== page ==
From the Archive: England Women v South Africa 2003

The Cooper Associates County Ground is set to host the women’s Test match between England and South Africa later this month.

Heather Knight’s side will be looking to come out on top in what promises to be a classic encounter.

It’s not the first time that the two sides have met in a four-day game at Taunton though.

Back in 2003, England overcame the Proteas by an innings and 96 runs.

One of the players that day was Rosalie Fairbairn, who currently sits on the Somerset County Cricket Club Board.

We spoke to her earlier this week to discuss her memories of that game.

“It was my first summer playing for England,” she recalled. “Before the game at Taunton, we’d played a Test against them at Shenley and we were quite a new look team at that point. If I remember correctly, the majority of us were new to the squad and it was the start of a new era. We had a load of new players and if I’m honest, a lot of us were getting used to the format of Test cricket. We don’t play four-day cricket in the domestic game, so the first Test was the first time that a lot of us had actually played the four-day format. By the time we got to Taunton for the second Test, we’d learned a lot. Back then, South Africa were not as strong as they are now, but they had some very skilful players and a lot of experience.

Rosalie took three wickets in the match and scored 62 in the England innings.

“My recollection of the game as a whole isn’t the clearest,” she said. “But I do remember when I was getting near to 50. You know what it’s like when you’re batting and realise that you’re close to a milestone. Your run scoring often grinds to a halt, and I remember it being quite a relief when I eventually got past 50. Claire Taylor had scored a century and we were watching her masterclass of how to bat. There’s nothing worse than going into bat when someone’s got a hundred and you know that you have to go out there and keep the pressure up.”

What was it like being in that squad and who did you bond with?

“Lydia Greenaway had joined the squad the previous winter, and this was my first summer with England. We were both really young and inexperienced and we just went out there and had some fun. When you first start out, it can be an advantage to be a bit naïve to what’s going on. I think for many of us it was a great occasion to play Test cricket against South Africa. It felt like a milestone and lots of us had experience of playing at Taunton, so it was a special place for us to be playing.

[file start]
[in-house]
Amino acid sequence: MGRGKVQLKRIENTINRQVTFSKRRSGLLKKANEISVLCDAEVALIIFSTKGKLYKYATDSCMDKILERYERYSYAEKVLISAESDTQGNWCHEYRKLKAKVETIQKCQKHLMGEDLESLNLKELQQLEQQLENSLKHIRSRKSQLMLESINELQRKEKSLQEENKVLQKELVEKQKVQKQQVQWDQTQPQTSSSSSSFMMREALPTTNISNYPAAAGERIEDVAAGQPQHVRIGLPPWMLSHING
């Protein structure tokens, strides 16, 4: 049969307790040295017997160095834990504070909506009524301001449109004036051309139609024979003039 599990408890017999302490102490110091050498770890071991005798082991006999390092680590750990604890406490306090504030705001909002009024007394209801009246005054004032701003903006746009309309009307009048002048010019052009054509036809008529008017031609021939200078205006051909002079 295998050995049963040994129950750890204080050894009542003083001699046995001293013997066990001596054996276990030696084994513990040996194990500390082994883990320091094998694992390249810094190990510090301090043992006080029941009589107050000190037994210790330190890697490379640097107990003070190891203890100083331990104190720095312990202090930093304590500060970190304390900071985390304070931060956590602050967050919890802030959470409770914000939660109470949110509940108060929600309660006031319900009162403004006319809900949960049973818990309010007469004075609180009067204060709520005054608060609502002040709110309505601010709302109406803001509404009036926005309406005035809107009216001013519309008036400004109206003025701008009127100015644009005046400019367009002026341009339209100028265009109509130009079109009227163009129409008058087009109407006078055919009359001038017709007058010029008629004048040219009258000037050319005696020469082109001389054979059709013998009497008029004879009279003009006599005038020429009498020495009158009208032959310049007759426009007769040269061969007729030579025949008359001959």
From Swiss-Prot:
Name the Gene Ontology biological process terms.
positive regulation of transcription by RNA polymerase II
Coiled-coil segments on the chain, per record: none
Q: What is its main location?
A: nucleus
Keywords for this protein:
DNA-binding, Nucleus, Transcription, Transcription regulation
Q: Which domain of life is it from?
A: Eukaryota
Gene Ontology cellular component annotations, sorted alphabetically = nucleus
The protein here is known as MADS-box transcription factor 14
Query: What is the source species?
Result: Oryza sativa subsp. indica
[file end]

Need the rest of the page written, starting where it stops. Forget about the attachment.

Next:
“Although there were quite a lot of new players involved, there were still the likes of the two Claire Taylor’s, and I learnt a lot from Lucy Pearson at the time. Clare Conner and Charlotte Edwards were also pretty experienced players. You look at the scorecard now and most of those England players went on to become household names. It was a year when a new group of players bedded in.

“There’s a lot of players who were involved back in 2003 who have gone on to have really successful careers in the game after they’ve finished playing. Clare Connor is the interim ECB CEO, Isa Guha has forged a successful broadcasting career and Charlotte Edwards has moved into coaching. That just shows the quality of knowledge and experience that they have got. They’ve proved what women can do both on and off the field and have paved the way for the professionals of today.”

Can she believe how much the women’s game has progressed in the time since 2003?

“I can’t believe that it was 19 years ago,” she joked. “I don’t feel like I’m old enough for it to have been so long ago. In the years leading up to 2003, there had been a big change in the women’s game. I remember the likes of Clare Connor and Charlotte Edwards telling me that they had been on tours where they had to buy their own uniform and pay for everything. By the time I was playing, things had moved on a fair bit, and we weren’t expected to pay for our things.

“Now we have so many contracted England professional players and a number of domestic pros too. That’s been another really big jump in the history of the women’s game and it’s great to see. Back when I was playing, I was at university and had to fit my training around that, and there were a lot of players who had to fit their cricket around their jobs. People were having to take extended holidays in order to go on tour with England. It’s great that cricket is now a prospective career for women and girls.”

Rosalie also feels that the Cooper Associates County Ground is the perfect venue to host the Test match.

“It’s great that Taunton will have a women’s Test again this year. I know that many of the players will have fond memories of playing there. There’s always a lovely reception from the Members and spectators and there’s always a really nice atmosphere. The staff at Somerset are always really accommodating and welcoming to the women’s team and that makes England women’s games at Taunton so special. The players feel really at home there and I think that helps them to perform. Hopefully, they will do so again this summer.”

Tickets are now on sale for the Women’s Test match between England and South Africa at the Cooper Associates County Ground in June.

Members can still claim a 25% discount on tickets by logging into their online account!


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